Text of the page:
On the other hand, the concept of biblical justice is rooted in the only sufficient reason for any people to be united. The Jewish Old Testament people were to “be holy, for I am holy” (Leviticus 11:44,45). They were to “learn to do good; seek justice, correct oppression; bring justice to the fatherless, plead the widow’s cause” (Isaiah 1:17). Why? Because God is just, and God’s people are to be like Him. Social justice can only be right when it is biblical justice. The solution to injustice works only from the inside-out. It is the result of minds and hearts that have been changed to think differently and to cultivate holy affections. When these are right, actions that promote justice naturally follow. But when government tries to impose justice from the outside in, hearts do not change. Government is not the answer.
But Christians should be united! Our identity is in Christ, and we are united by our salvation in Christ: “There is neither Jew nor Greek, there is neither slave nor free, there is no male and female, for you are all one in Christ Jesus” (Galatians 3:28). God sees us as one in Christ, and this is what we are, so we should live like it. But while we are still living on earth, because we must contend with the world, the flesh and the devil, our unity is imperfect.
One day, God’s people will be united, never to be divided again:
After this I looked, and behold, a great multitude that no one could number, from every nation, from all tribes and peoples and languages, standing before the throne and before the Lamb, clothed in white robes, with palm branches in their hands, and crying out with a loud voice, “Salvation belongs to our God who sits on the throne, and to the Lamb!” (Revelation 7:9-10)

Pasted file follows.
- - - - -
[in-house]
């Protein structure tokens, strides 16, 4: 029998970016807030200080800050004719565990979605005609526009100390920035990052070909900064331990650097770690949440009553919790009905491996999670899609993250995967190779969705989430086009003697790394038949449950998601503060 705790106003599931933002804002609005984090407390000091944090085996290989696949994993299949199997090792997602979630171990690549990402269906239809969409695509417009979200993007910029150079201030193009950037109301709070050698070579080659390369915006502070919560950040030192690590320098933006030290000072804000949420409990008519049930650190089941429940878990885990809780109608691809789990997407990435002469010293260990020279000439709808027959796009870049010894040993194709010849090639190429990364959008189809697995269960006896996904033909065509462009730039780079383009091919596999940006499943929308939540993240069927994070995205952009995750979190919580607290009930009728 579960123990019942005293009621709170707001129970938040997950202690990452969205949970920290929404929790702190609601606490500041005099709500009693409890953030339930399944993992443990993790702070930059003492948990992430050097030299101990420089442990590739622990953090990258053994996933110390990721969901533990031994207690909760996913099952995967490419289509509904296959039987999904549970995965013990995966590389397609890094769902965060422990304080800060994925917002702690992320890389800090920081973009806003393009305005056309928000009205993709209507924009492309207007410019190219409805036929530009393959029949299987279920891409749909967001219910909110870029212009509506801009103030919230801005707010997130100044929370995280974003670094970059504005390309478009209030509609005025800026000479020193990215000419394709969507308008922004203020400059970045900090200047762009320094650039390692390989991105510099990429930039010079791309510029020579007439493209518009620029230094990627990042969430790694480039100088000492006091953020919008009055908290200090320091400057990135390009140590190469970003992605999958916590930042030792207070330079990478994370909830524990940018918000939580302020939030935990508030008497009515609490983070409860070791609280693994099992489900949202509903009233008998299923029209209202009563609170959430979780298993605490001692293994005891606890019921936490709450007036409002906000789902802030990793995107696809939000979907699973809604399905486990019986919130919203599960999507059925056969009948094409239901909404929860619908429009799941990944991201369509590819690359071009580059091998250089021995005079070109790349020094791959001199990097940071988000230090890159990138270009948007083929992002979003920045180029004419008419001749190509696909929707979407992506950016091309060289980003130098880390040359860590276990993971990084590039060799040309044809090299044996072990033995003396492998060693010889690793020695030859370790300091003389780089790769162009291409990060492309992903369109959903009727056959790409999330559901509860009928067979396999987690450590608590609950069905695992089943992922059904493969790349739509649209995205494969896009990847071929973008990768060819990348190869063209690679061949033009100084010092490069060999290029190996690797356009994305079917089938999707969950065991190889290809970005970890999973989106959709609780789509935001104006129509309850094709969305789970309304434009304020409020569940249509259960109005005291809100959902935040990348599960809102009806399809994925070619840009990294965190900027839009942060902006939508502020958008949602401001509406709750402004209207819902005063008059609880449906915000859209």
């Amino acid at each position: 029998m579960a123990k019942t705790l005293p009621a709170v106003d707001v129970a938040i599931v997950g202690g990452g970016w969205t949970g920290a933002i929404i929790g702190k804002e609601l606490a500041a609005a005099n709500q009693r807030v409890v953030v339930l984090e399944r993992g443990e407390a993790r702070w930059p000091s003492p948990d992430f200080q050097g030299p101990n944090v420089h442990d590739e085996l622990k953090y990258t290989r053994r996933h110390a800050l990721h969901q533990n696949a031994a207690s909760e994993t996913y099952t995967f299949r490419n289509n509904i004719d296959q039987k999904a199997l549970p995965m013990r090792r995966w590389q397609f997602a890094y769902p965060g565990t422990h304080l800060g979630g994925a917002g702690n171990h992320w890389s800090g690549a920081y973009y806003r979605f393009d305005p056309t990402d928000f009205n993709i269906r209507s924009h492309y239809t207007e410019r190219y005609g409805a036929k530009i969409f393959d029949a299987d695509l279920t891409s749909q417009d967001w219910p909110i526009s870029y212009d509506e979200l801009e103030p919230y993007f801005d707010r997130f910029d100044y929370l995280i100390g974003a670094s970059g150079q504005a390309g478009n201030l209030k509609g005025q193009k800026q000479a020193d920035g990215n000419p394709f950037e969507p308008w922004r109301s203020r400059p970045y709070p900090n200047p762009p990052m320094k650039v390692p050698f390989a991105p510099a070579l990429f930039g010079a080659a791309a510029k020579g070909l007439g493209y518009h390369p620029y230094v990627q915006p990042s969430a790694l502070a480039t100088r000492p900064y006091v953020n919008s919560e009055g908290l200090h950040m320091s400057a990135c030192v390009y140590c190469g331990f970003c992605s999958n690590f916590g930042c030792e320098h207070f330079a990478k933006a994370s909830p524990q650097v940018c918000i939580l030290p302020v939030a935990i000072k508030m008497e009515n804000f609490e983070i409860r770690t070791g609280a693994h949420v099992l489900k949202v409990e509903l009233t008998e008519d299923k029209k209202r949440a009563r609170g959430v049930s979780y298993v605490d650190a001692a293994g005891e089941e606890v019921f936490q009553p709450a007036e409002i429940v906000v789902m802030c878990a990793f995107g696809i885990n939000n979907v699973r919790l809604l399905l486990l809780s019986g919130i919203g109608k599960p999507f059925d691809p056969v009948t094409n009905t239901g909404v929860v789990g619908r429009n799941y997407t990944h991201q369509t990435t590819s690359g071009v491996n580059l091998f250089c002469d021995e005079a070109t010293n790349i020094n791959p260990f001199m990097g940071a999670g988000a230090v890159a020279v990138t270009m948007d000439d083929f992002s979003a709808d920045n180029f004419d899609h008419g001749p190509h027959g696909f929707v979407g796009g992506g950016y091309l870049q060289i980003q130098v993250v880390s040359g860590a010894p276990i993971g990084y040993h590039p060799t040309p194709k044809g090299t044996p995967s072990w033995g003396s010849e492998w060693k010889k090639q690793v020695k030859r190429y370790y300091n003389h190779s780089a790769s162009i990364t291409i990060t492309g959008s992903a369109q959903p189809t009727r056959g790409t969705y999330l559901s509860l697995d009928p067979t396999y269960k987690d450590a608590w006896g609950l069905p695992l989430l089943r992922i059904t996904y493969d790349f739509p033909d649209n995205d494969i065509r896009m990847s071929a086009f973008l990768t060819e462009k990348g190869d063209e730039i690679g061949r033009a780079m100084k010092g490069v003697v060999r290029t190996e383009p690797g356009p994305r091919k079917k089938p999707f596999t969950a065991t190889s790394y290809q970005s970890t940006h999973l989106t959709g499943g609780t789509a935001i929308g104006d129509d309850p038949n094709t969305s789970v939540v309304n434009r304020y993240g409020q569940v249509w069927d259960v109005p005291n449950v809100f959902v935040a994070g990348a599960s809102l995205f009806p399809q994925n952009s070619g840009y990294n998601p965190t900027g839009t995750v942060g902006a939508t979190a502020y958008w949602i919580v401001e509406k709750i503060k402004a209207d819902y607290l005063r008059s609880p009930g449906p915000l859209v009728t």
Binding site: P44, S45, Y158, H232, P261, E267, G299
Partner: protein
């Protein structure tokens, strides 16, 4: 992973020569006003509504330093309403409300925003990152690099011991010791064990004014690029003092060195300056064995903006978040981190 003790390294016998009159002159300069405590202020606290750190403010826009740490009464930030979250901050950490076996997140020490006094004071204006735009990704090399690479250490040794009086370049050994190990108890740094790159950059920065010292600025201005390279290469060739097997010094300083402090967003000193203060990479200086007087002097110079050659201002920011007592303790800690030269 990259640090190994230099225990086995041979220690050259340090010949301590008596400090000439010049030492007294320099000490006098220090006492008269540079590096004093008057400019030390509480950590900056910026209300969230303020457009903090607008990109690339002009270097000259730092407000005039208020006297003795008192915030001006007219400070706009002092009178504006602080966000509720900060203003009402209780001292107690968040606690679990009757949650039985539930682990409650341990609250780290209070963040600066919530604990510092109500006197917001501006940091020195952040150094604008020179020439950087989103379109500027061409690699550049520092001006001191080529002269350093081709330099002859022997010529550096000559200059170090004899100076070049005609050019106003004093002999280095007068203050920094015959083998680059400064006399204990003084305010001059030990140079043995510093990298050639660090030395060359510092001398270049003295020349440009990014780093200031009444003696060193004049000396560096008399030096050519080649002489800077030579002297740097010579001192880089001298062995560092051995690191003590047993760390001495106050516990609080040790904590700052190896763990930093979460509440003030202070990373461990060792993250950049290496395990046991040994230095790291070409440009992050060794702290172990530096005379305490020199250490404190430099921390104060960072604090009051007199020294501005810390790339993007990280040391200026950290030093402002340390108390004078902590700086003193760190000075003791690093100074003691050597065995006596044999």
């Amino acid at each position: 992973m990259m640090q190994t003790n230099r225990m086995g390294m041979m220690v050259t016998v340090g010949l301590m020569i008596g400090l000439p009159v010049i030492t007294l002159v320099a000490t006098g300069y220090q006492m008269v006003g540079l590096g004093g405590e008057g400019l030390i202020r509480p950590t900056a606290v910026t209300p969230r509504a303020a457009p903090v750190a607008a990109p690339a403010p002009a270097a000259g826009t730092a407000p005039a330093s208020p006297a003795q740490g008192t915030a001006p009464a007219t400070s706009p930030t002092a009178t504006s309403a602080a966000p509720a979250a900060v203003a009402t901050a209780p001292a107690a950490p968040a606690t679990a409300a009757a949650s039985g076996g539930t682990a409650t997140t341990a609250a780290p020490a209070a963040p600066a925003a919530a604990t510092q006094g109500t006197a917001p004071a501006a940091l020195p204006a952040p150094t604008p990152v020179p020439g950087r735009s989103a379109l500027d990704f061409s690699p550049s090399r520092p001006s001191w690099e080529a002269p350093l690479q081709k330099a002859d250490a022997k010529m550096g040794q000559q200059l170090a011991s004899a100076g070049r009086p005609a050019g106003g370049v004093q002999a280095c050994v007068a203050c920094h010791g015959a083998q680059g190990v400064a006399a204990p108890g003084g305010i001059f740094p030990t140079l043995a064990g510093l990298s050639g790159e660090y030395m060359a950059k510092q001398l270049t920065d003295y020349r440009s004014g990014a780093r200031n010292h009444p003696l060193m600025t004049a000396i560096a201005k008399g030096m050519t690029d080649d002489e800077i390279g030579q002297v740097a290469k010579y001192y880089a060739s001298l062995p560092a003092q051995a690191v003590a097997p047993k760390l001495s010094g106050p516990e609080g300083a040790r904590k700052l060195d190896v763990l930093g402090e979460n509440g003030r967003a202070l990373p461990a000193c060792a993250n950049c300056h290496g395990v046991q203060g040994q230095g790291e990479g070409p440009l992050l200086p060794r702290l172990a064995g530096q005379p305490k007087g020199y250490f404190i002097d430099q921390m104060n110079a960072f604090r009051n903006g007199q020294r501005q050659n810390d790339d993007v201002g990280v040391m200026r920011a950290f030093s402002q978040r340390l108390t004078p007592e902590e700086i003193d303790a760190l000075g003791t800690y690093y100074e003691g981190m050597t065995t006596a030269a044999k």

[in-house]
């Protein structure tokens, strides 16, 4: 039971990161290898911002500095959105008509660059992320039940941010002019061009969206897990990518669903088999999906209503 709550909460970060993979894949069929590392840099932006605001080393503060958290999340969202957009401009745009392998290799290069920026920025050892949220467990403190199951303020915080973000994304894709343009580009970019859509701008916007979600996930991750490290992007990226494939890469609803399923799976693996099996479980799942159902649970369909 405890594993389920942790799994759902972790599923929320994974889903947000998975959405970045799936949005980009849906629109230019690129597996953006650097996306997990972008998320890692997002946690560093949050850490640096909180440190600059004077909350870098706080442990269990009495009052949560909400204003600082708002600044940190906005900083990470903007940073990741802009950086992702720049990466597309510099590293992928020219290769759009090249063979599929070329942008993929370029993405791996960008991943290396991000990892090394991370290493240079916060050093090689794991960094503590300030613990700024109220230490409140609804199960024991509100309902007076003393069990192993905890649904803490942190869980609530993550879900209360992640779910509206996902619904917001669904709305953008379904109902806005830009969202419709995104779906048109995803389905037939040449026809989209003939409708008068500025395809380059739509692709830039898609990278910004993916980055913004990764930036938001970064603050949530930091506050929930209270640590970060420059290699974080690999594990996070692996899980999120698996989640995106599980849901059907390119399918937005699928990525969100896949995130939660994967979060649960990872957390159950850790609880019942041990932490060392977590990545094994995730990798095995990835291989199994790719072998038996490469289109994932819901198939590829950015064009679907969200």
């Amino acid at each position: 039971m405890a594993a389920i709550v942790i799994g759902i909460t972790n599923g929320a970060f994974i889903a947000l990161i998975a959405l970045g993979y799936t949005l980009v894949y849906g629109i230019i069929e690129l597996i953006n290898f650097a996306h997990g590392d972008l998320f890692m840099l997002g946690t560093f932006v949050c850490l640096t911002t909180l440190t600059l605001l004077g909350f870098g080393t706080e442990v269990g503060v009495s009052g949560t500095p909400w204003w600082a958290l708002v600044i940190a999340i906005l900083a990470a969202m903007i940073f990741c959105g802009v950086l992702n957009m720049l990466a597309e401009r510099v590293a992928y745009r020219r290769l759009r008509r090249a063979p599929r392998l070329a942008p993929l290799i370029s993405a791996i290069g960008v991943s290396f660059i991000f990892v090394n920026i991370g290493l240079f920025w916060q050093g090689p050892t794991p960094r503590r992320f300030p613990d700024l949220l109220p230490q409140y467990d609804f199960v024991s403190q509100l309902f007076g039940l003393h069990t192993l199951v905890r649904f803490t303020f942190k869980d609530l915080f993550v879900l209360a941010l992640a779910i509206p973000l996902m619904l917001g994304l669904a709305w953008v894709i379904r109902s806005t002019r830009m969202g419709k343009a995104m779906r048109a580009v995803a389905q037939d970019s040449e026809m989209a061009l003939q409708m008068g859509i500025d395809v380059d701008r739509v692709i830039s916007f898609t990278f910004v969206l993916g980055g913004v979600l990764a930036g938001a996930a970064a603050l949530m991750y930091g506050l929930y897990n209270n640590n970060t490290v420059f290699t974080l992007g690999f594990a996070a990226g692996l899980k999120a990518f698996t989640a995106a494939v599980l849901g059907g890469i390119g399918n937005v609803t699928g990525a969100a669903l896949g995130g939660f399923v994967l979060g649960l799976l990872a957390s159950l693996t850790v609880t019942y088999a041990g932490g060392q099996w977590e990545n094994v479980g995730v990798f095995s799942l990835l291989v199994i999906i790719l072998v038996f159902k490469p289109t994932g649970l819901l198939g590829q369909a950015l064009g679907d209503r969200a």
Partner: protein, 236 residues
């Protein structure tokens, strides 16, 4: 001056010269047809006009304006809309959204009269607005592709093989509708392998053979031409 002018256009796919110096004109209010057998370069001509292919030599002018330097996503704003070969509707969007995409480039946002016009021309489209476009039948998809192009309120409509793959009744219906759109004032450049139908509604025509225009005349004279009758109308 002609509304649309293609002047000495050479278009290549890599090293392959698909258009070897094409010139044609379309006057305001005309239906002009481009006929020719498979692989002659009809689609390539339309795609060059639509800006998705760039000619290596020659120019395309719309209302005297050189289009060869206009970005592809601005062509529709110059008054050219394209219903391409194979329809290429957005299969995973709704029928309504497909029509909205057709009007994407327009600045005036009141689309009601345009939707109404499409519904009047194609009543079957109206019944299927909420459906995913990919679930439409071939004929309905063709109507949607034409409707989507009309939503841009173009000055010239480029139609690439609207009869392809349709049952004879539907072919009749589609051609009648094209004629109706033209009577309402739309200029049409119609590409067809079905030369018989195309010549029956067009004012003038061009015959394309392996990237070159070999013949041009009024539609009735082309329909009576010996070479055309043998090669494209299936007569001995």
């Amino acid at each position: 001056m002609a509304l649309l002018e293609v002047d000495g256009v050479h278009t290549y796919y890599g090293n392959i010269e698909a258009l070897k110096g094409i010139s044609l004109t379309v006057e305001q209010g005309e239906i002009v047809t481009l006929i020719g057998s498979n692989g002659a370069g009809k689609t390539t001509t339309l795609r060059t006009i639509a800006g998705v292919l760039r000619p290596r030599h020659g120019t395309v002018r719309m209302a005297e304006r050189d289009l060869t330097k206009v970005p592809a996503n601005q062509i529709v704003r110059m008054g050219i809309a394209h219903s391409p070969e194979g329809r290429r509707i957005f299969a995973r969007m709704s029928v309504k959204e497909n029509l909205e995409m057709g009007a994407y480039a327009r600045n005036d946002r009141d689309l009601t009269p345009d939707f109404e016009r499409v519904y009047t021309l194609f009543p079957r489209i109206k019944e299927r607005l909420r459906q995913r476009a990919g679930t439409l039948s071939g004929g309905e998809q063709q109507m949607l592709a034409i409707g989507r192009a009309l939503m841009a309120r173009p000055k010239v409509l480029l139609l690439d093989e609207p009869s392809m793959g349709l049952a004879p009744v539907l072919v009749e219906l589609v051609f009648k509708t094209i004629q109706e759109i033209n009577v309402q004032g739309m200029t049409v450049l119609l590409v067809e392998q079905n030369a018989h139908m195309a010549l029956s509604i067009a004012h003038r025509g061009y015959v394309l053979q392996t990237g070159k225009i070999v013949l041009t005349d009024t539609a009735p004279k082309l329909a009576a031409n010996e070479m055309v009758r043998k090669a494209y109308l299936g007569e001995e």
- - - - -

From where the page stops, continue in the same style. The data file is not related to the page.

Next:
But let’s return to the interview. The conversation between Lisa and Alisa shows the consequences of redefining words. Religious words have emotional impact, but in conversation the speaker may have in mind something radically different from the hearer. Therefore, asking questions like, “What do you mean by that?” is often essential to enable genuine communication.
Alisa uses this to good advantage, perhaps especially in this interview: https://www.youtube.com/embed/So9NJ72_IiI?autoplay=0&mute=0&controls=1&start=2098&origin=https%3A%2F%2Fbryan44672.wixsite.com&playsinline=1&showinfo=0&rel=0&iv_load_policy=3&modestbranding=1&enablejsapi=1&widgetid=17
Around 35:00 she asks Lisa what Jesus meant when He said, “I am the way, and the truth, and the life. No one comes to the Father except through me.” (John 14:6). Lisa didn’t have an answer. I suggest this is because the truth of Jesus’ statement is so clear that it can’t be denied, and Lisa wants to deny it.
Good questions can force people to confront their assumptions. It can force them to try (and sometimes fail) to explain what they mean. Sometimes if we’re lucky, they may even discover they aren’t making sense.
 Francis Schaeffer, The Francis Schaeffer Trilogy: The Three Essential Books in One Volume (Wheaton, IL: Crossway, 1990), 59.  Ibid., 90.